As I leave the sunbathers and cross the cart path for the #1 tee on the Cochise course I look to my left and up the hill at a round tee that looks like a lily pad. I’d say it’s about twenty-five yards up the hill. There was a lot of activity in the area at the time, with workers raking bunkers and mowing greens. I just finished setting the tee markers when I saw a mother bobcat and her two cute cubs walk by in the wash.
I stopped what I was doing and stood on the edge of the tee admiring them. The mother bobcat turned, looked straight at me and snarled. Well now, I don’t know what caused that, but I didn’t want to upset her again or she might tear my clothes off. As I started to back away from the edge of the tee I looked down at my feet and felt so dumb and foolish. I wore a bright yellow rain suit to ward of the morning drizzle. No wonder I attracted her attention standing there like a giant yellow flag. The cubs continued on ahead, but mama didn’t move or change her expression until I had backed away far enough that she couldn’t see me. Her posture relaxed. Her snarl ceased and she joined her cubs, while I immediately removed my bright yellow rain suit.
On another occasion I was driving by hole #2, when I saw Jose on a mower in the center of the fairway. At that moment his mower skidded to a stop tearing up three feet of grass under the rear tire. I was surprised. Jose had years of experience at Desert Mountain and knew there cannot be imperfections like that on a Top 100 golf course. What would cause him to be so irresponsible?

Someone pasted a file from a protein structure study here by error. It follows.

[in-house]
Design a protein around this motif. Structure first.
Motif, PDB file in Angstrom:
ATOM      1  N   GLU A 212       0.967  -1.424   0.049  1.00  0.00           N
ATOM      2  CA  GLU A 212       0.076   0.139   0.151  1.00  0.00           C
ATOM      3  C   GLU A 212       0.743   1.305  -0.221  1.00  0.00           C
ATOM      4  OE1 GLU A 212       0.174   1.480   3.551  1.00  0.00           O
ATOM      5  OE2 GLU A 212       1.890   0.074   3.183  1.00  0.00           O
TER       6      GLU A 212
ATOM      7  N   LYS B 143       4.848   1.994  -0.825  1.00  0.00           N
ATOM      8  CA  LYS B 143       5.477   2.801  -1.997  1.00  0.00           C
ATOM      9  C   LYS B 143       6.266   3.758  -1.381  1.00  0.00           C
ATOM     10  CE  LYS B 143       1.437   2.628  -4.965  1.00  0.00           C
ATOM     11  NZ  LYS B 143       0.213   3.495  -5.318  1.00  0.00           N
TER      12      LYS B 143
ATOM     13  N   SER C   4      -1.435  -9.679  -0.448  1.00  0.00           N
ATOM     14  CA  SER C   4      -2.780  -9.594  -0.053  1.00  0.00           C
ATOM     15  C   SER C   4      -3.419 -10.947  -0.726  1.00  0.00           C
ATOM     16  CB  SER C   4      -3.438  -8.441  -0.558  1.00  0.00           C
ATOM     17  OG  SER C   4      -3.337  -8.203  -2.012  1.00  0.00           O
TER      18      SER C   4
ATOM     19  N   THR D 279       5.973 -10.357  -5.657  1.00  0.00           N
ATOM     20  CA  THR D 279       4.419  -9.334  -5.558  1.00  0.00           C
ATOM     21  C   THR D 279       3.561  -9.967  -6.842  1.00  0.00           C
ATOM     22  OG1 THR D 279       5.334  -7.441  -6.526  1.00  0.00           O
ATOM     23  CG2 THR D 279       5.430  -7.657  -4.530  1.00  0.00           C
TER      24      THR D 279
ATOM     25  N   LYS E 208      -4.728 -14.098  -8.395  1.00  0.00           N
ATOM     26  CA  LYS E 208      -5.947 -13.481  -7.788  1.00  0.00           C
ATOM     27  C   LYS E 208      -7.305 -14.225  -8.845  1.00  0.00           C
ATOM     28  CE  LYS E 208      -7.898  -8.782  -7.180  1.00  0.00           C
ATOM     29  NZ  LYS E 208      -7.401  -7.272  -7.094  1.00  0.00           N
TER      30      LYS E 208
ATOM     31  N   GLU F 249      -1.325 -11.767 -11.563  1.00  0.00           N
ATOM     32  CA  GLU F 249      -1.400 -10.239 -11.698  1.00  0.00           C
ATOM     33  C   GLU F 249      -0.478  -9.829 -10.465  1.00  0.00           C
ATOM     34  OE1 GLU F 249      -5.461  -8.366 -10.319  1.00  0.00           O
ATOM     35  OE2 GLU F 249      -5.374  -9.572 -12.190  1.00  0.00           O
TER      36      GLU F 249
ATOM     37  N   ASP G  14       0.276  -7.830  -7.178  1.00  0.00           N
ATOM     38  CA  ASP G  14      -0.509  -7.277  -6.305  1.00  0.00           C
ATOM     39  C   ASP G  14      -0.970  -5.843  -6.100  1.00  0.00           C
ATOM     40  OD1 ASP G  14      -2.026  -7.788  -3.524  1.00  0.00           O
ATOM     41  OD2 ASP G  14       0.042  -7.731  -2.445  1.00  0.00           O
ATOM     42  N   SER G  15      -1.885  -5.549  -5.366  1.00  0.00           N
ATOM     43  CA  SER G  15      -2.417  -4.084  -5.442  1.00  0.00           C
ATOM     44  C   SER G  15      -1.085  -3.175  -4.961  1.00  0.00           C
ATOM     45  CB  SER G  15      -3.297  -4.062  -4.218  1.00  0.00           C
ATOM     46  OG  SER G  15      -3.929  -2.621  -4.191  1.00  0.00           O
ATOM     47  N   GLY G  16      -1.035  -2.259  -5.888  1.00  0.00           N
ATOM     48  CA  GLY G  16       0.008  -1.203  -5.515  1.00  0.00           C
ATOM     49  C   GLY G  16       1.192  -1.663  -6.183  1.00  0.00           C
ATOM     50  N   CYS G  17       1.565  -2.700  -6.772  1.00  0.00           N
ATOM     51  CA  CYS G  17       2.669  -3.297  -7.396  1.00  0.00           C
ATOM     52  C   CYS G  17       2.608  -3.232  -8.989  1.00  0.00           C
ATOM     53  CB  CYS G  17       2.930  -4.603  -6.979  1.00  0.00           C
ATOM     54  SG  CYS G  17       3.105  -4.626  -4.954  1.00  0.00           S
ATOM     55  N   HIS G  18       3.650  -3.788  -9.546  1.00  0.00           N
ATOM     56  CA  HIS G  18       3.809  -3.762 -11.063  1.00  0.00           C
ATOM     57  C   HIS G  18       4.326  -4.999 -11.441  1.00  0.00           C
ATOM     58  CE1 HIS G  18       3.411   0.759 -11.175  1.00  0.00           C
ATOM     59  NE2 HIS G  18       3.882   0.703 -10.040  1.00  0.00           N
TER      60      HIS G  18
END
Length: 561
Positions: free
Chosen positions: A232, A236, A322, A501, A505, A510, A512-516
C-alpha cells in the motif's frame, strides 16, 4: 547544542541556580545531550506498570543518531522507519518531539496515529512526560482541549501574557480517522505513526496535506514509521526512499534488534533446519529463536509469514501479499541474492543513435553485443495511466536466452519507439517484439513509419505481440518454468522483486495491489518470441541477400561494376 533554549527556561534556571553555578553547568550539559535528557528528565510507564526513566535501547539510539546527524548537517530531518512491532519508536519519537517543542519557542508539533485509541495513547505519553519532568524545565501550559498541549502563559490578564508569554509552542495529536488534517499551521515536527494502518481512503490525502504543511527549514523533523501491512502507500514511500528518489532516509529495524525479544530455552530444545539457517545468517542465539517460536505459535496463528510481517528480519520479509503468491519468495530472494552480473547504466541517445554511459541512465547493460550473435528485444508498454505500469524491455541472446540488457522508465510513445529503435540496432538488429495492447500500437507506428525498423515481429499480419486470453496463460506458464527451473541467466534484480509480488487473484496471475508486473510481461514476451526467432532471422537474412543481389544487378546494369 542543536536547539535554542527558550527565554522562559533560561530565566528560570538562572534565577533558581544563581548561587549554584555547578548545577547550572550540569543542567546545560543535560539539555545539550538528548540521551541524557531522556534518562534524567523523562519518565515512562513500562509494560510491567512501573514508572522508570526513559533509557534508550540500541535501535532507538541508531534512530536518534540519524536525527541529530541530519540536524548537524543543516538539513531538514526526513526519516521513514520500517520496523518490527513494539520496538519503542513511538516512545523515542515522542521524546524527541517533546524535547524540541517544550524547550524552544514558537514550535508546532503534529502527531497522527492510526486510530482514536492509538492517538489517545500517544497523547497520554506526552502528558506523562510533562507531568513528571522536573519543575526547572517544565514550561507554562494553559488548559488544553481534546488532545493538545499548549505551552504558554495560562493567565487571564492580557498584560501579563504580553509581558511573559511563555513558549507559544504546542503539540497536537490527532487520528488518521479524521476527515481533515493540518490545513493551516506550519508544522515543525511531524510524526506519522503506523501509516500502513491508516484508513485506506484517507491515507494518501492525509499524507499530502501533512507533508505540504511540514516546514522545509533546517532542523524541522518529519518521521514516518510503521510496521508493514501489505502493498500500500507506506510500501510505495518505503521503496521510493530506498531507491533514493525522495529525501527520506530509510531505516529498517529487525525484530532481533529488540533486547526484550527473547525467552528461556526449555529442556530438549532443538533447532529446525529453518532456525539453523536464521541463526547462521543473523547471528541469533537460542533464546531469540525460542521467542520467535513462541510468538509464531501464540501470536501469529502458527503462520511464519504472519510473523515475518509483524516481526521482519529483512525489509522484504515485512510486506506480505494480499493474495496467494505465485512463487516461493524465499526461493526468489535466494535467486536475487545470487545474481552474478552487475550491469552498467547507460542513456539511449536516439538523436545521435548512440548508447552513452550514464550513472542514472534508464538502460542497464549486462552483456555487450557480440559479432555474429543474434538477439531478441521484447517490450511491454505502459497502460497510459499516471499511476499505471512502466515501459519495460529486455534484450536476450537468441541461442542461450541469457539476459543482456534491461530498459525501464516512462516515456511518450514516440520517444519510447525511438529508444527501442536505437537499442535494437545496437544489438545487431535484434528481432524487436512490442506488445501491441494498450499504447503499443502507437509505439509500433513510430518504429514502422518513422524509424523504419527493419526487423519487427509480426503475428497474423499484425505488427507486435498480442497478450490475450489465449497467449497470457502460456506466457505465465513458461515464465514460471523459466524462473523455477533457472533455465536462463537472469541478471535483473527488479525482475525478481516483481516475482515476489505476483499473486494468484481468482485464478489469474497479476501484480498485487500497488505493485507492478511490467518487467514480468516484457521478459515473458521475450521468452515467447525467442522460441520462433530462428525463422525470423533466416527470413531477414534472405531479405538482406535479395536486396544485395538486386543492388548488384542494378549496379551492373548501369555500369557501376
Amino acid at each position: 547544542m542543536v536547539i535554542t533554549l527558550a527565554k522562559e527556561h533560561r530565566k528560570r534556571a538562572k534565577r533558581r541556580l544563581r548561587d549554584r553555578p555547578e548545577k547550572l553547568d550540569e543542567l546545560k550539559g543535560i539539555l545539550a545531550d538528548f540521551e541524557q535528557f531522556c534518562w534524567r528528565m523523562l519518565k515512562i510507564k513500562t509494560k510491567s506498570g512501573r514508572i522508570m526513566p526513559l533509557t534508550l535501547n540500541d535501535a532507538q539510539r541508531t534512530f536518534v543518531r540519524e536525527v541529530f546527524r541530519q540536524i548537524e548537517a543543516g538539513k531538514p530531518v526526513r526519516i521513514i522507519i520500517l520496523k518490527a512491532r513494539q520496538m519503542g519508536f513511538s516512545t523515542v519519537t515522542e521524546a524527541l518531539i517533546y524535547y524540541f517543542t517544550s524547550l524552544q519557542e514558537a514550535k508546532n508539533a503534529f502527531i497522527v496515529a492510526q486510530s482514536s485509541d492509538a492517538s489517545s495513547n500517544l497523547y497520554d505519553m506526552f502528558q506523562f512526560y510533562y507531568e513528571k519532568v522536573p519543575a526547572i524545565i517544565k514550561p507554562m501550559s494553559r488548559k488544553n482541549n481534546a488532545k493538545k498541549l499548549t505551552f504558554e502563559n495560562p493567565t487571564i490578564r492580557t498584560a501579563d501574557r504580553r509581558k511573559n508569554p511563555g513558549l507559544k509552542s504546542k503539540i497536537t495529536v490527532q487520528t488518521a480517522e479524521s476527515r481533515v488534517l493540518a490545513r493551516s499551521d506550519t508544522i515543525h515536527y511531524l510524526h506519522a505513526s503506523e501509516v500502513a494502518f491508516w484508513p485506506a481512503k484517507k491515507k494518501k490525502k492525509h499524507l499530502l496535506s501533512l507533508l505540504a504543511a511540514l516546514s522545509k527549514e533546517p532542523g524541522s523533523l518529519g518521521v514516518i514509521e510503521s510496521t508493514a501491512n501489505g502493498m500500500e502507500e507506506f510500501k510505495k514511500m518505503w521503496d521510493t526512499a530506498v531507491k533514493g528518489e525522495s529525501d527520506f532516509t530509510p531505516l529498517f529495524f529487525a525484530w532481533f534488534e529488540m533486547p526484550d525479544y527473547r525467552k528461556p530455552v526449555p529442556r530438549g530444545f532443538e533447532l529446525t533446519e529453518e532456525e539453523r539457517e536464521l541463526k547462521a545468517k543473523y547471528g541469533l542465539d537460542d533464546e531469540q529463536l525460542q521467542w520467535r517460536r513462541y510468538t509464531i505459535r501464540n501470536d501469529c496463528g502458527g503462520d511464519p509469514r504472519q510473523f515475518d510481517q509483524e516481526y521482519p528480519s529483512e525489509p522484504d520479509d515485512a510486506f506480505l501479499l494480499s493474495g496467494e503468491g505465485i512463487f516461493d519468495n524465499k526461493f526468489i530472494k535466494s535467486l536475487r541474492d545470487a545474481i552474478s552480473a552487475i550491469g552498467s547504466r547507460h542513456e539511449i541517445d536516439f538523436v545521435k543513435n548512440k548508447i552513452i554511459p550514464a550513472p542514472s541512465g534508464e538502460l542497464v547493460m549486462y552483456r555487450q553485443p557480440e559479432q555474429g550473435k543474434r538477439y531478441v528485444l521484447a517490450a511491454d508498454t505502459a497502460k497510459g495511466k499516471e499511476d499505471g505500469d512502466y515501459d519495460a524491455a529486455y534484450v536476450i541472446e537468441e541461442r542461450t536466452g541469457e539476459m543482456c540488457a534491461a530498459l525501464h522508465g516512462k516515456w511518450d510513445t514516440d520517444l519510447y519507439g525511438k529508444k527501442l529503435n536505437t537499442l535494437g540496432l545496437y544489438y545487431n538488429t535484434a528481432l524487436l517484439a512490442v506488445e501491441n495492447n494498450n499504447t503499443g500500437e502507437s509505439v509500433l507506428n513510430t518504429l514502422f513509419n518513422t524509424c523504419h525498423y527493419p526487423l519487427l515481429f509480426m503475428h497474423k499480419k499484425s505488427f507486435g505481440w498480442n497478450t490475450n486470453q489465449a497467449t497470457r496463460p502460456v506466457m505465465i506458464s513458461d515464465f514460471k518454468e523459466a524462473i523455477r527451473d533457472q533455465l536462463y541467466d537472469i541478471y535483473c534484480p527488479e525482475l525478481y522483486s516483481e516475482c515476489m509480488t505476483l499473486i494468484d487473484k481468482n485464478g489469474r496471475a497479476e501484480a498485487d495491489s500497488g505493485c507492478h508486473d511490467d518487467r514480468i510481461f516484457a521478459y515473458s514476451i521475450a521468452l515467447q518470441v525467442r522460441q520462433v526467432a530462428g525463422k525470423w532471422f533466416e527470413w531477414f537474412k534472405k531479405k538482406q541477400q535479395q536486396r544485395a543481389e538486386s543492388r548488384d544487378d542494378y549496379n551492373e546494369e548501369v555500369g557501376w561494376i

It was weird to see him jump off the mower and ran to the edge of the fairway. He sat down and put his head between his knees. I was concerned and rushed toward him in my cart to see if I could help.
“Jose,” I said, “what is the matter with you? Are you sick?”
“I saw a snake,” he said.
“Come on, you’ve seen snakes before.”
“I know, but when I looked to turn right a snake was coiled around a hydraulic hose looking me in the face.”
“What kind of snake,” I asked.
Jose looked at me like I was an idiot. “Are you kidding me? Who cares? I hit the emergency brake and jumped.”
“Are you going to finish mowing?” I asked.
“No! Not until someone proves to me the snake is gone.”
What a dumb question. Wish I could take it back.
On down the way by the green at hole #3, there’s usually a coyote snoozing in the shade. Easy now, I need to stop for a rattlesnake is on the cart path out in front of me. I’ve always been curious where they go, so I have an idea where I should be looking out for them.
The snake left the cart path and moved up the slope of the 3rd tee. Looking up on the tee I saw a foursome of golfers teeing off. They don’t see the snake as it crawled through the plants and coiled around the base of a shrub only six inches from the edge of the tee. I got chills watching a golfer step back and stop with his foot only inches from the snake.
I reached for my radio, prepared to call in an emergency. The snake didn’t move. The golfer didn’t move. The last golfer teed off and they all left the tee, not knowing how close they were to a dangerous rattlesnake.